You need to delimit what you mean by "the market". Since they offer only custom boots, they obviously do not compete with full-line manufacturers such as Riedell and Jackson. And, even assuming you delimit the market to custom boots only, if the boots are in fact made by 3D-printing (which I would still like to see verified), the choice of materials would be limited and may not suit many skaters.Aura will take over the market?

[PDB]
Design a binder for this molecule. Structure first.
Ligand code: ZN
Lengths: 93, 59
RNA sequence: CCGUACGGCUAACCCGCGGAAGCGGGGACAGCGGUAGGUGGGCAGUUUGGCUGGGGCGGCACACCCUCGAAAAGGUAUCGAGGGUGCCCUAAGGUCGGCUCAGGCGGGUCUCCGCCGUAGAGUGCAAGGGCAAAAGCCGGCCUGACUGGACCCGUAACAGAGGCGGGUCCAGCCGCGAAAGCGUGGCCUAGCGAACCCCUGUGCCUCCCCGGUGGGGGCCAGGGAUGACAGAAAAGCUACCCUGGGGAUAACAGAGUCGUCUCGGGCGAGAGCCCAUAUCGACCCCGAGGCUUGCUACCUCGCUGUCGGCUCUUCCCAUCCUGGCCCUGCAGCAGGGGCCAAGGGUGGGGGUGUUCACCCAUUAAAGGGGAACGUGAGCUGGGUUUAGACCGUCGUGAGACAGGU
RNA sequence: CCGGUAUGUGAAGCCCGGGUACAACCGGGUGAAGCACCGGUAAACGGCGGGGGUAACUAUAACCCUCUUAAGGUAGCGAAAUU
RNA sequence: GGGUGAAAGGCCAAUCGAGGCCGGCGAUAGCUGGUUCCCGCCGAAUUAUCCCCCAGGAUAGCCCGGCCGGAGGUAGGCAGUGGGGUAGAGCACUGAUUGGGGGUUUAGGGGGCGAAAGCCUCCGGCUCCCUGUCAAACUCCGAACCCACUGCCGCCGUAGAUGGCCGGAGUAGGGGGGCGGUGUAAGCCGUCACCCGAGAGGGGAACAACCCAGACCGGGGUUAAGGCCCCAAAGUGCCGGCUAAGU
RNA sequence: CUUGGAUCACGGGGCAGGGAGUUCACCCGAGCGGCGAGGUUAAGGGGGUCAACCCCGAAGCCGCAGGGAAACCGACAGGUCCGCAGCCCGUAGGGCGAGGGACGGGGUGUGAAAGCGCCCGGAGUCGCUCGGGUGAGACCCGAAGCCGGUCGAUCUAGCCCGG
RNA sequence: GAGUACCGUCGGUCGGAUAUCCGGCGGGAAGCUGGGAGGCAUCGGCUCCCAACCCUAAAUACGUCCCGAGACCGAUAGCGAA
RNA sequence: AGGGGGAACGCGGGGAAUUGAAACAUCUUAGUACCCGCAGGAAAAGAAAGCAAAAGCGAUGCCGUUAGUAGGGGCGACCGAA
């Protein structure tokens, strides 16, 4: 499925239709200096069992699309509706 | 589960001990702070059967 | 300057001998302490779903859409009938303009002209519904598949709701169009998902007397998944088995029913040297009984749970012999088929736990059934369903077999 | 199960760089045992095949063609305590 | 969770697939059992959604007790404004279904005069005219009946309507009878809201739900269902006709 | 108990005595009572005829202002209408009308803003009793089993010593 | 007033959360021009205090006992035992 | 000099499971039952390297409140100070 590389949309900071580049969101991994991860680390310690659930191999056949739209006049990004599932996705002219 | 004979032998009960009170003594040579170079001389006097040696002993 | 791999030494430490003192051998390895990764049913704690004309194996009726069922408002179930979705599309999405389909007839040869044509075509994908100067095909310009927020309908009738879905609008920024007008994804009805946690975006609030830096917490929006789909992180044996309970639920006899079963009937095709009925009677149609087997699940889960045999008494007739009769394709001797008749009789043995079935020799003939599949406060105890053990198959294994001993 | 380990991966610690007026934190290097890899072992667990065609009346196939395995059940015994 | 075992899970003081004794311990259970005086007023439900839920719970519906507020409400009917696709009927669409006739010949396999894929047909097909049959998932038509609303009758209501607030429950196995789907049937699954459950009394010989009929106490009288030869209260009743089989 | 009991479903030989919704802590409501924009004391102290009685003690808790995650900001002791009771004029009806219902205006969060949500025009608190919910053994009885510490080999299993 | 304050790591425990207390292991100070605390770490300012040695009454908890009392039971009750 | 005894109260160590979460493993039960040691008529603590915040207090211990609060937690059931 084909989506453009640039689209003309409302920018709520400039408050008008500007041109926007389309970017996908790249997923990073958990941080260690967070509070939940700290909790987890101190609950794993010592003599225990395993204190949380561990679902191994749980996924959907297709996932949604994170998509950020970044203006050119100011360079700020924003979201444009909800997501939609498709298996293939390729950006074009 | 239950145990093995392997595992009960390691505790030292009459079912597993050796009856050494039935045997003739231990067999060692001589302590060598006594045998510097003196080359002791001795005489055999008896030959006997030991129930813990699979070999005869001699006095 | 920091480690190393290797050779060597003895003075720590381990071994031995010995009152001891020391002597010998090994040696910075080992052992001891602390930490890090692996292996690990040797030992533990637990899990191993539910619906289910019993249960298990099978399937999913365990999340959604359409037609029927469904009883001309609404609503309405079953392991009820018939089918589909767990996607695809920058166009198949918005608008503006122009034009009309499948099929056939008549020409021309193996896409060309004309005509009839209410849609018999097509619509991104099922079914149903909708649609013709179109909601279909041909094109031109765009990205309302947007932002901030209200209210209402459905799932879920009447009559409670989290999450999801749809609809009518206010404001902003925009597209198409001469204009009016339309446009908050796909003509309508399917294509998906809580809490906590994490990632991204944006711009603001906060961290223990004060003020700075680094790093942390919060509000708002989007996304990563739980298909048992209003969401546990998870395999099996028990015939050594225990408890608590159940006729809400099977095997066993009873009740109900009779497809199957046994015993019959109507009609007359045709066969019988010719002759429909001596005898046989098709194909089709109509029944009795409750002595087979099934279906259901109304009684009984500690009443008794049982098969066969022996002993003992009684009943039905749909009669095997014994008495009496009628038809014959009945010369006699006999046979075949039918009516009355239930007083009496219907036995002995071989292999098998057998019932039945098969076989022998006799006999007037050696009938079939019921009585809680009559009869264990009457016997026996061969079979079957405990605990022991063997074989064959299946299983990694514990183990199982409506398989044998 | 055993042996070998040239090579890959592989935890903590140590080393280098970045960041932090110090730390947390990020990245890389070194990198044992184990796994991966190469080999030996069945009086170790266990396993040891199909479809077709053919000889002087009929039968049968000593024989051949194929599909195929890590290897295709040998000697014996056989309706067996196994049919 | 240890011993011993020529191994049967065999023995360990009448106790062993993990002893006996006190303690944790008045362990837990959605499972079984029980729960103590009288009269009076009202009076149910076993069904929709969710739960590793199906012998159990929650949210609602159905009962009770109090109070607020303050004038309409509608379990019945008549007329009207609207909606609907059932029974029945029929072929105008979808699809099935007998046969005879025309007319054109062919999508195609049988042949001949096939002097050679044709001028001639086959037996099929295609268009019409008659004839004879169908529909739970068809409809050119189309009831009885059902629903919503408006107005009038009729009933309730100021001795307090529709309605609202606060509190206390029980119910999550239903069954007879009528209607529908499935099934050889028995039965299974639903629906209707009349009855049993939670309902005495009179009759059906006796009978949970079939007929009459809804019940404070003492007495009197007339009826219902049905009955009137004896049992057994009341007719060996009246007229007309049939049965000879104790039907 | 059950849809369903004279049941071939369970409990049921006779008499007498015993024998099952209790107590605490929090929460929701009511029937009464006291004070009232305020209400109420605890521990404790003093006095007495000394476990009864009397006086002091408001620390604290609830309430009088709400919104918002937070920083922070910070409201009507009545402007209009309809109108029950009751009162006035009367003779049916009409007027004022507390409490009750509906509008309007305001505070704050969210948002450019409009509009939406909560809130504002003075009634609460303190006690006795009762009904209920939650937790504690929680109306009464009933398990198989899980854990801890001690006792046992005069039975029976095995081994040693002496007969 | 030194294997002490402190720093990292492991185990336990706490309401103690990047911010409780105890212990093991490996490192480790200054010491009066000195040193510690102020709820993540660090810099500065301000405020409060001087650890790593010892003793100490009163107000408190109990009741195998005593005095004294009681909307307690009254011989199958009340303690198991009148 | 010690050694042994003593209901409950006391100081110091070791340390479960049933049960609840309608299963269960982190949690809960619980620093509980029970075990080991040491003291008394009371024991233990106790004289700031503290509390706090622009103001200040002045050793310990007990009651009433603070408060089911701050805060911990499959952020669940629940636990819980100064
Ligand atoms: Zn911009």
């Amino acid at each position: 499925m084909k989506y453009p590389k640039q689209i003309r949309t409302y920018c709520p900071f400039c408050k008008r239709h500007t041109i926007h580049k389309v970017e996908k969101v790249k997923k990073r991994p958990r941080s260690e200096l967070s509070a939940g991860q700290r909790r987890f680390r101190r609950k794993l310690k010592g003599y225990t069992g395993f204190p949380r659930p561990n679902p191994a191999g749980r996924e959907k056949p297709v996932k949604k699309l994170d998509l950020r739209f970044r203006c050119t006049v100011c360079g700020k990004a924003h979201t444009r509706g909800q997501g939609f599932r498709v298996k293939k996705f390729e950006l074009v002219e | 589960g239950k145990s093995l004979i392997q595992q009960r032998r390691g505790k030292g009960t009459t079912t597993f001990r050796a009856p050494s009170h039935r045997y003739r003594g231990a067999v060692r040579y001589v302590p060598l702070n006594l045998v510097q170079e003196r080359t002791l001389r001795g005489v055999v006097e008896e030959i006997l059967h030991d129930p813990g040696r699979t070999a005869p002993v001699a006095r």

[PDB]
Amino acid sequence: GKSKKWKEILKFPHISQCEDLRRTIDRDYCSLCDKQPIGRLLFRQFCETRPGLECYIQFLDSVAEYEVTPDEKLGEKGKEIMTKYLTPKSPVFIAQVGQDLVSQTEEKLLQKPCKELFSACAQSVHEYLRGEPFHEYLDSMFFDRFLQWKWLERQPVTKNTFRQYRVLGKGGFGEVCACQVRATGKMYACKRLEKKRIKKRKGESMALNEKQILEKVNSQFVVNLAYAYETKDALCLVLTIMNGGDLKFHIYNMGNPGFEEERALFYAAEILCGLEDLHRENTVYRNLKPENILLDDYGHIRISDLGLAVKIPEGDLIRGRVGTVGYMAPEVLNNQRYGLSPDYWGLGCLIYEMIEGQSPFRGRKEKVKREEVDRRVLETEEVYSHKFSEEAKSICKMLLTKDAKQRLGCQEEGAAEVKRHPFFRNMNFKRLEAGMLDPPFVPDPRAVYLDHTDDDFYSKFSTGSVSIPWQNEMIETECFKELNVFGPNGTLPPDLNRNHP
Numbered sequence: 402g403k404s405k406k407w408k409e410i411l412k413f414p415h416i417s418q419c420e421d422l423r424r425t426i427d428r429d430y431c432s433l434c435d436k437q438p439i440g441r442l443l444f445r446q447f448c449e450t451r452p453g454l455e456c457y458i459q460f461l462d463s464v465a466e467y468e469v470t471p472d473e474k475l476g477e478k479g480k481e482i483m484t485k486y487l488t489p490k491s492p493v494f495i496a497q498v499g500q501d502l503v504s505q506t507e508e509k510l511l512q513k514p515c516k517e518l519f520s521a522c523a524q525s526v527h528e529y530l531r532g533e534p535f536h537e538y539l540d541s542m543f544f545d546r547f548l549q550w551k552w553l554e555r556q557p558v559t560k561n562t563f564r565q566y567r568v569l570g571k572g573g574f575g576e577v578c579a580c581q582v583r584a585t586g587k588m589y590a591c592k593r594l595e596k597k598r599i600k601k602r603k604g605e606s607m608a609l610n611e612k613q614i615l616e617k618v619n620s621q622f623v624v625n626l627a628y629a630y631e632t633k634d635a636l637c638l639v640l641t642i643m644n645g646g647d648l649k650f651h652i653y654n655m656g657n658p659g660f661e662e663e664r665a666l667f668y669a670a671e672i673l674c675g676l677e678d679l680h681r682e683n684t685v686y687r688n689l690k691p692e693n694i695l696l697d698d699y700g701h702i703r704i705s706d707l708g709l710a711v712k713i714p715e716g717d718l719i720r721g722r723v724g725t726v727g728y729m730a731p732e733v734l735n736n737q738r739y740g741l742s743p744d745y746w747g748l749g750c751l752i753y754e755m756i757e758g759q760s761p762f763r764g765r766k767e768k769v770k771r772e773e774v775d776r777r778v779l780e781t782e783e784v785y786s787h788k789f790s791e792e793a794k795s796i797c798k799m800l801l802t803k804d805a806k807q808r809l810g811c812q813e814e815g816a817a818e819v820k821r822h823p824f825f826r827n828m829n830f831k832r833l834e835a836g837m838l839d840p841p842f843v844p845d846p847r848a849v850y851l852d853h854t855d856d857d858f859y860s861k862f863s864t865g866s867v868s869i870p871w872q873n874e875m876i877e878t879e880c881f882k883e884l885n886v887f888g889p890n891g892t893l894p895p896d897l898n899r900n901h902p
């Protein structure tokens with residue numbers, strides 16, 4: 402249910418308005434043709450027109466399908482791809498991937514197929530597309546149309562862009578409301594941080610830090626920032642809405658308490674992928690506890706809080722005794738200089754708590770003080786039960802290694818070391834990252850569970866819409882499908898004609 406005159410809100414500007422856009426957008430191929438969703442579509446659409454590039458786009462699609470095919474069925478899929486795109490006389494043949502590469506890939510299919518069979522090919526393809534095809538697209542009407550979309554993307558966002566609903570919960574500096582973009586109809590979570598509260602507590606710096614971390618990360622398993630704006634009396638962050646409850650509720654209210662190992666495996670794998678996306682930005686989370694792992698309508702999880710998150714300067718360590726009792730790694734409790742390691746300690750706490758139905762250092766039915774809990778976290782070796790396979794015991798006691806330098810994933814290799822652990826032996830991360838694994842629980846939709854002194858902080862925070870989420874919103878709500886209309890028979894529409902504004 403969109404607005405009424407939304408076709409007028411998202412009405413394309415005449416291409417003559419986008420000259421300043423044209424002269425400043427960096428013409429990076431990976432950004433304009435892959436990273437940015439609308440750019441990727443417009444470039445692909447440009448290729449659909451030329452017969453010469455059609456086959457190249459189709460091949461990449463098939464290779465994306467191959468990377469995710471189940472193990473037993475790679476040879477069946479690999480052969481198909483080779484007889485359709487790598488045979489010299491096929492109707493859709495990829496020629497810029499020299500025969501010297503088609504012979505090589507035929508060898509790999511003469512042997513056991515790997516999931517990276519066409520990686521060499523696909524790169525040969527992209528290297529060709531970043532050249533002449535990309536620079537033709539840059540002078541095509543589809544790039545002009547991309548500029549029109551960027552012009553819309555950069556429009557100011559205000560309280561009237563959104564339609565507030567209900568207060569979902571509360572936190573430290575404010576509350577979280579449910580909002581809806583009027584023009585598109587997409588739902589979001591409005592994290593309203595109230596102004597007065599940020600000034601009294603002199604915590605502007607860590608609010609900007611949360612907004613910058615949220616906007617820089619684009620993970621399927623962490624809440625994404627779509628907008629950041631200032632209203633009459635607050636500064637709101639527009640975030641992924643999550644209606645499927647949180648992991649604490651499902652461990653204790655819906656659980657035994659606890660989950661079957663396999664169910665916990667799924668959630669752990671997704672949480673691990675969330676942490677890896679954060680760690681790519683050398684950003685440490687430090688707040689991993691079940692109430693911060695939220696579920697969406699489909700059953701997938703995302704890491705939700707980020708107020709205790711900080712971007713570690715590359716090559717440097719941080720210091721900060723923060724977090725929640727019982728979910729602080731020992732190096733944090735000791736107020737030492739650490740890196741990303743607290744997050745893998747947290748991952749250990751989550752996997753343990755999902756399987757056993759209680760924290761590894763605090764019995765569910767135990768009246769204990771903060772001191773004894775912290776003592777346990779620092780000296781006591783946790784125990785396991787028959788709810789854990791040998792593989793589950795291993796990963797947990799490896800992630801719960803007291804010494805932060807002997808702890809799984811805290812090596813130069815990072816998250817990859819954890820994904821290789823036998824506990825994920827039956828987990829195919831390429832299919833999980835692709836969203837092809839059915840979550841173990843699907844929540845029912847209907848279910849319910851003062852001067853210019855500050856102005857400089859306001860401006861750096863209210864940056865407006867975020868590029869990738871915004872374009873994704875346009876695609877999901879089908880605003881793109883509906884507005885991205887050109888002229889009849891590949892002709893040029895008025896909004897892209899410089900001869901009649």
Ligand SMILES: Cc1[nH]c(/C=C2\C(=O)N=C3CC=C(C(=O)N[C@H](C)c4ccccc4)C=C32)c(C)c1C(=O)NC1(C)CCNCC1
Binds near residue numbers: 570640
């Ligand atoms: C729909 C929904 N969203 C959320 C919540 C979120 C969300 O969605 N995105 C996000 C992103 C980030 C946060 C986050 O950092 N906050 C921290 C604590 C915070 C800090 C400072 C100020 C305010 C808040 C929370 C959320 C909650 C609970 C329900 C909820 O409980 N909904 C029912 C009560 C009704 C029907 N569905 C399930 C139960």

I'm also glad to see technical innovation in the figure skate boot market. But technical innovations per se are not sufficient. A 3D-scan of your foot is a great starting point: certainly has the potential for more accuracy than a few measurements, manual tracings, or even castings. But you still need knowledge of how to do the scans properly [e.g., I would be concerned if scans are taken only with the skater sitting]. And once you have the 3D-scan, how does that translate into actual production of a properly-fitting boot? You don't just make a boot that conforms to the 3D-scan. If there are foot abnormalities of some sort [and how many skaters have perfectly normal feet (assuming such things exist)?], a proper boot needs to correct for those abnormalities. That takes detailed knowledge and experience.